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them. Our young friend will also have an element of success, of peace and prohis external trials. The New Church gress. Of the realisation of these things ministry is not all roses and velvet; I shall be delighted to hear, and so also most of us have experienced some thorns will the church at large. And in conand thistles in his path; and our young clusion, sir, permit me to take your friend will do well if he prepare himself hand, and to give you a most hearty to meet difficulties which may arise. He welcome to the public work in the Lord's will have much to learn which nothing vineyard; and may the Lord bless and but experience can properly teach. He comfort you in every good and useful will have many things to teach in private labour ! as well as public. His ministerial visita. Mr. WHITEHEAD, of Heywood, then tions will present him with many oppor. rose, and said :-One of the loveliest tunities to inform, to comfort, to console, virtues in human character is gratitude, works which demand the exercise of and one of the ugliest vices is ungratemuch prudence, self-denial, and ability. fulness. It seems to me a most delightHe should also be ready with his kindly ful thing to think kindly of one another, advice and assistance at all times, and and to entertain agreeable feelings to feel it to be his duty to encourage cheer- wards each other. I don't envy the man fully, even though he may sometimes who cannot look back with pleasure upon find it requisite to discountenance eccen- that period of life in which he was depentricity. The intellectual progress of a dent upon others for everything he had. society will greatly depend upon the I would not care to exchange places with activity and intelligence of the minister, the man who has not any good will to. Our young friend should be as much as wards those who helped him to acquire possible in his study, and embrace all the means of forming his character, and suitable opportunities for becoming ac- of making his way through life. Well, quainted with the wants of his society. now, we are met to night to do some. He should cultivate in himself, and thing of this kind. We are here on purstimulate in his people, a disposition to pose to tender our thanks to one who that quietness in which there is strength. has endeavoured, both privately and be. A desire to learn on their part, a willing- fore the public, to do his share of useful ness to teach on his, those charities and work in the world. We are here to duties by which peace may be main thank him for what he has done, and to tained,--the peace which has its root in wish him God-speed in what he is going the love of goodness, and the rejection out to do. If there be any here who of evil, are essential to maintain a good have occasion to join beartily in this, I understanding between them. He will am one. Looking back to a time whenremember the divine statement- The 17 or 18 years ago a number of us came harvest truly is plenteous, but the law into our friend's class in the Sundaybourers are few." This, indeed, may school,—the first, I believe, he had ever have some literal application to the pre- taken;-I cannot but feel a pleasure in sent position of the church; but that is thinking of the work we did under his not its true meaning. The harvest de direction,—the little exercises in com. notes all those things of the church by position, tbe short essays that we wrote; which the soul is sustained in its spiritual and then, not satisfied with what was life; and the labourers in this harvest done on a Sunday, he used to have us are said to be few, because they are the at his father's house on Wednesday humble : few denotes quality of mind, evenings, to teach us grammar, arithand not a limited number of persons. metic, and other kindred subjects. I He will also remember that the Lord do think that work like this, that nobody said " Fear not, little flock." This ever knew of but those who were con. might have a numeral reference to the cerned in it; deserves to be acknowledged. early condition of the church; but its It is worth a great deal more than we true meaning is not in numbers. The can ever calculate. It took us at a time flock are all those whs are in charity, when we were ripe either for mischief and the little flock are principles of or for work, and it gave us a turn in the humble charity; these do not fear, be- right direction,--a turn which, in many cause they are at all times witnesses of instances, has been permanent. Some courage and exaltation from the Lord. of those are now gone into the eternal Humility, therefore, both on the part world; others are thousands of miles of the minister and the people, will be away in different parts of the world; and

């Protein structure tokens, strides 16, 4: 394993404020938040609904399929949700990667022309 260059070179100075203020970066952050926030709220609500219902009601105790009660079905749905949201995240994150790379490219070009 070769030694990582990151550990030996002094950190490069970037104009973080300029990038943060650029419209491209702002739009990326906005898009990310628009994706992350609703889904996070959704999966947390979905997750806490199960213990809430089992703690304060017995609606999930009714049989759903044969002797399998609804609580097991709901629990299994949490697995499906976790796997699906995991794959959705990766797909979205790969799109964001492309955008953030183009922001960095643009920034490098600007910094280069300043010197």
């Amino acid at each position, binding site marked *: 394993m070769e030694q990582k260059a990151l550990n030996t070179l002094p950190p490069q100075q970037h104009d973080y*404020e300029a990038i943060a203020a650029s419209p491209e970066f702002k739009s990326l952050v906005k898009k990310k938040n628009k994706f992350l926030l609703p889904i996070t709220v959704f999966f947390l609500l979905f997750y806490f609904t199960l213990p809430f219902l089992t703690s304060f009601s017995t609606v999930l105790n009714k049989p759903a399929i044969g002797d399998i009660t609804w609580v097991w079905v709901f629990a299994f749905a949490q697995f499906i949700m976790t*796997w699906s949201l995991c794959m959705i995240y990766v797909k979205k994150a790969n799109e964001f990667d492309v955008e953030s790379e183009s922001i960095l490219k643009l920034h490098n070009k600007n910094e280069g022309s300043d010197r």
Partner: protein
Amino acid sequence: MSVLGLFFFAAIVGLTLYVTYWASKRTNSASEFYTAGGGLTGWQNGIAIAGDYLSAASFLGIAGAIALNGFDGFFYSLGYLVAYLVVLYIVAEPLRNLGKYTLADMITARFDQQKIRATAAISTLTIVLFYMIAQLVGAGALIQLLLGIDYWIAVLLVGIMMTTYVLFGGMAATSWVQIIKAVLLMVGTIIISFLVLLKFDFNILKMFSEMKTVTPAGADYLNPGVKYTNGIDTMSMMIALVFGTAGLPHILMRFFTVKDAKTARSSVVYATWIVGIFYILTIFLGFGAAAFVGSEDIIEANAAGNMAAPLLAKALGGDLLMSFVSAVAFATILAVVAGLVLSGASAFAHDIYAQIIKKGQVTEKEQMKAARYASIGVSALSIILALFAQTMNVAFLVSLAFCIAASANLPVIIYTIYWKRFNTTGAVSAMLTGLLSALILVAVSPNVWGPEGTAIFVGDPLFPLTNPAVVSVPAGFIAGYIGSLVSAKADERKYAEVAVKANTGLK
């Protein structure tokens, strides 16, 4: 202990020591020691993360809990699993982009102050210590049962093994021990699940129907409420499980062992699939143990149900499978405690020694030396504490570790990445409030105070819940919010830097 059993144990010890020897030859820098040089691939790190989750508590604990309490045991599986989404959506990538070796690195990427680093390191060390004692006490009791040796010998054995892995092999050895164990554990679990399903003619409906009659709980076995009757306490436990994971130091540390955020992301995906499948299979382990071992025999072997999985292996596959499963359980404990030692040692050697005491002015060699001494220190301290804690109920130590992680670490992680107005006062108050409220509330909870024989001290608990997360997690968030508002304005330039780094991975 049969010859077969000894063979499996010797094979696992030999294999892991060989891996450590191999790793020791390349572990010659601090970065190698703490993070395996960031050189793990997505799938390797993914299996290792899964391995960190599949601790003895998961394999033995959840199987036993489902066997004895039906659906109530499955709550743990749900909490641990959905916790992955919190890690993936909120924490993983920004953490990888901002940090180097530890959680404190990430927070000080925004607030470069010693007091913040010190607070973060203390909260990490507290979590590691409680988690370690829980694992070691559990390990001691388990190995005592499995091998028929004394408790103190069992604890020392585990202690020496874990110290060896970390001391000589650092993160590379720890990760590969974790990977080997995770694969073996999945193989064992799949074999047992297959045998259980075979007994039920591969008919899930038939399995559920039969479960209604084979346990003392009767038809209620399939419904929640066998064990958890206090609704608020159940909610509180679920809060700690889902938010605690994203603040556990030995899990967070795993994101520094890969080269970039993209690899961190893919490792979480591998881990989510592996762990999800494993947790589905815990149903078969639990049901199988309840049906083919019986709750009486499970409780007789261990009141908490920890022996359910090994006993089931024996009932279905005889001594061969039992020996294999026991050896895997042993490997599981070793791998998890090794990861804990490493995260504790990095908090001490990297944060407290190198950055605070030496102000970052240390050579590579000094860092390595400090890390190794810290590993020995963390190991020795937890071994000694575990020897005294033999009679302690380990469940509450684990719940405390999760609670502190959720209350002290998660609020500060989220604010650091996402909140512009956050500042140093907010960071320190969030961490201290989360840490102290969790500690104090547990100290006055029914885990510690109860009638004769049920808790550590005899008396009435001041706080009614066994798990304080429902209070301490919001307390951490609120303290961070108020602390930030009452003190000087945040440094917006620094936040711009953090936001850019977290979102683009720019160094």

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some few are here; but I am quite sure wishing prosperity, and usefulness, and that we all look back with grateful plea- happiness to our friend. I hope also sure upon those times, and that we wish that numbers of the young people here him as happy and as useful ones in the may follow in his steps, and make them. future. But, I think, we should not be selves as useful in the world. doing right to neglect to remind you Mr. BARNES then said: Mr. Chairman young people here to-night, that your and Friends -At this late hour of the opportunities are quite as great, and evening, I do not intend to trouble the even greater, than any that were enjoyed meeting with any lengthy remarks, but in the past. We should be unfaithful it has occurred to me if we each only if we did not tell you that your respon- expressed our good wishes, it would be sibilities are great too. We should be agreeable to our friend before leaving false to our trust if we did not tell you us. I remember him from a boy, and that it is only in the wise use of those have looked upon his progress from time opportunities that you can ever find any to time with great interest. I remember happiness worth having. Nobody ever his first love being to investigate the was happy, or ever will be, except in the various sciences, and it seemed that that pursuit of a worthy object. You may would be his particular forte for life; follow after mere enjoyment until you but as he advanced in years, his taste become hardly anything but a mere changed for theology. The fact was, he animal; but you will never have any commenced at the right point. His knowlasting pleasure in it. It is in improving ledge of science was a good groundwork yourselves spiritually and religiously as for his spiritual reflections, and prepared well as mentally, and in turning all your as he is, I am glad he has resolved to opportunities to good account, for other undertake the duties of the ministry, people as well as for yourselves, that you because I do think that he will be a will have the best enjoyment of life. And blessing. I think, also, that Accrington then, again, it is not just for the sake should do its portion towards supplying of effecting a change in your worldly cir- the New Church pulpit. We are sending cumstances that I would urge self-im- one to that office. I feel pleased that provement. It is because self-improve- we are commencing in the right direcment gives you the greatest chances of tion; and I can assure Mr. Westall he use; and it is in usefulness, and useful. will have my fervent wish for his prosness only, that happiness can be found. perity, happiness, and usefulness in his A man who does not care to be useful, sacred work. who sucks all in and gives nothing out, Dr. PILKINGTON said: It was a late is a mere wart upon society, and nobody hour for him to attempt to make any cares how soon such a one is out of the remarks, for he observed it was then half. way. If you want to be really and last. past ten o'clock. He thought Accrington ingly happy, make up your minds to be ought not only to send one young man something and to do something that will out to the office of a minister, but many make the world better. I often think of more, for he was positive the society had the intense earnestness with which our plenty of talent in connection with its friend Mr. Cunliffe used to address the members, and it only needed a firm young people in my time upon the im- resolution like that of our friend Mr. portance of seeking self-improvement; Westall to say that they also would bow and it always brings into my mind that to the will of the Divine Being, and beautiful verse from Longfellow's Psalm go forth and teach the truths that they of Life